Over the course of interviewing over 200 CEOs, I’ve found that many of them, whether consciously or unconsciously, are espousing the principles of conscious capitalism. So, this topic has become an ongoing theme on CEO Exclusive. For those who are not familiar with this trend, you can read an overview here: Conscious Capitalism Credo.
In recent conversations, I’ve noticed some people are thinking of conscious capitalism in a binary way–either you are a conscious capitalist, or you’re not. I’m not sure if this idea is accurate or helpful. To my mind, there are multiple ways that any company can express and embody these values. Moreover, a given business model (like selling a retail product) may lend itself to a different expression than another (like an accounting or a consulting firm).
Rather than a binary notion, I prefer to think that there are different archetypes, or different profiles, of companies that are espousing and *doing* conscious capitalism. Everybody has a way to participate or explore this way of doing business. This is something that is very important to me. In this week’s CEO Exclusive article, I discuss five archetypes of Conscious Capitalism, in the hope that you’ll find the right one for you.
Serving the Scorned
Serving a disadvantaged population that other companies overlook is one way I’ve seen conscious capitalism implemented.
In the case of Gas South, they created a new profit center and underwriting guidelines in order to provide natural gas to customers whose credit had dropped after the Great Recession.
Basically, they wanted to make sure these people had heat during the winter. But, here’s what makes them one of my favorite examples: it’s become an important and profitable service line for the company. They’ve improved their bottom line through helping people.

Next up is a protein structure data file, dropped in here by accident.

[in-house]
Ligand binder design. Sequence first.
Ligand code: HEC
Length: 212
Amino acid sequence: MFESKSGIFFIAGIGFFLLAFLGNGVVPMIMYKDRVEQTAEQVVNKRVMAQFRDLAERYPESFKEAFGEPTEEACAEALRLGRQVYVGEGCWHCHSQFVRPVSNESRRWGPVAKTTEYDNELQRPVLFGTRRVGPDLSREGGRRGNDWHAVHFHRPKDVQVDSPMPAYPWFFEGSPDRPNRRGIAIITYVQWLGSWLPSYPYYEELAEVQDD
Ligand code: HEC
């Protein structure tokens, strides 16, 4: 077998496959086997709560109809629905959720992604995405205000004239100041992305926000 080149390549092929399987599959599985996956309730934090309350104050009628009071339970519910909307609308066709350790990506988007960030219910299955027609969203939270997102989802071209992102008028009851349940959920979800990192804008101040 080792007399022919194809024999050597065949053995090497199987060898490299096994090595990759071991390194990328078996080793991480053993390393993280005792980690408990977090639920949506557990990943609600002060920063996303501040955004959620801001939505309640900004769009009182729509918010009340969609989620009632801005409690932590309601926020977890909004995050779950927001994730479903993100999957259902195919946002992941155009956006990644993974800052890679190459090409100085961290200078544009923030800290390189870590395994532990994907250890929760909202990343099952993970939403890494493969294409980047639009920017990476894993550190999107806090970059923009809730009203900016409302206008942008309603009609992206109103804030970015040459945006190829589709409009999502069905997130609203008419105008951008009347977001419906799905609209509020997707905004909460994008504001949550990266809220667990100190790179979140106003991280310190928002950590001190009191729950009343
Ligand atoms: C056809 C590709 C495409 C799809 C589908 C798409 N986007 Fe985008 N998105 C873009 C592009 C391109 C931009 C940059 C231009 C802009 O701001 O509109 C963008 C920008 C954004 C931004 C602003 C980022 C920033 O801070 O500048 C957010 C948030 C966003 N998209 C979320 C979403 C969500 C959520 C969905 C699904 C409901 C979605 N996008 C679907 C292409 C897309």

Creating Opportunity for the Downtrodden
Some companies practice conscious capitalism by actually giving jobs and creating opportunities for people who wouldn’t otherwise be employable, or who cannot create those opportunities for themselves. You can think of convicts, for example. From CEO Exclusive, Corners Outreach is a great case study of this archetype.
The original mission of Corners Outreach was to improve educational test scores in elementary schools in one of the most diverse counties in the United States. But, what they found was that a part of the reason why kids were not being able to reach their academic goals was because of lack of income and economic deprivation in the family. To solve this more systemic issue, Corners Outreach created businesses, like a landscaping business, like a construction business, for the purpose of providing jobs for these communities.
They have been able to uplift the entire system, because now, families have more disposable income. Parents can spend more time with their kids and help them with homework–which was the original objective, in starting Corners Outreach.
Re-deploying profit is one way of implementing conscious principles that is accessible to most every company. Corporate social responsibility and corporate philanthropy fall into this profile; however, thought leaders in this movement are quick to point out that “you can’t buy your way into conscious capitalism”. Undoubtedly, building culture and purpose-driven leadership do require investment of time and resources, so some companies embrace these ideals through taking a relatively *disproportionate* share of their economic surplus into these efforts. I expect that we will soon have metrics to help us better quantify what this means.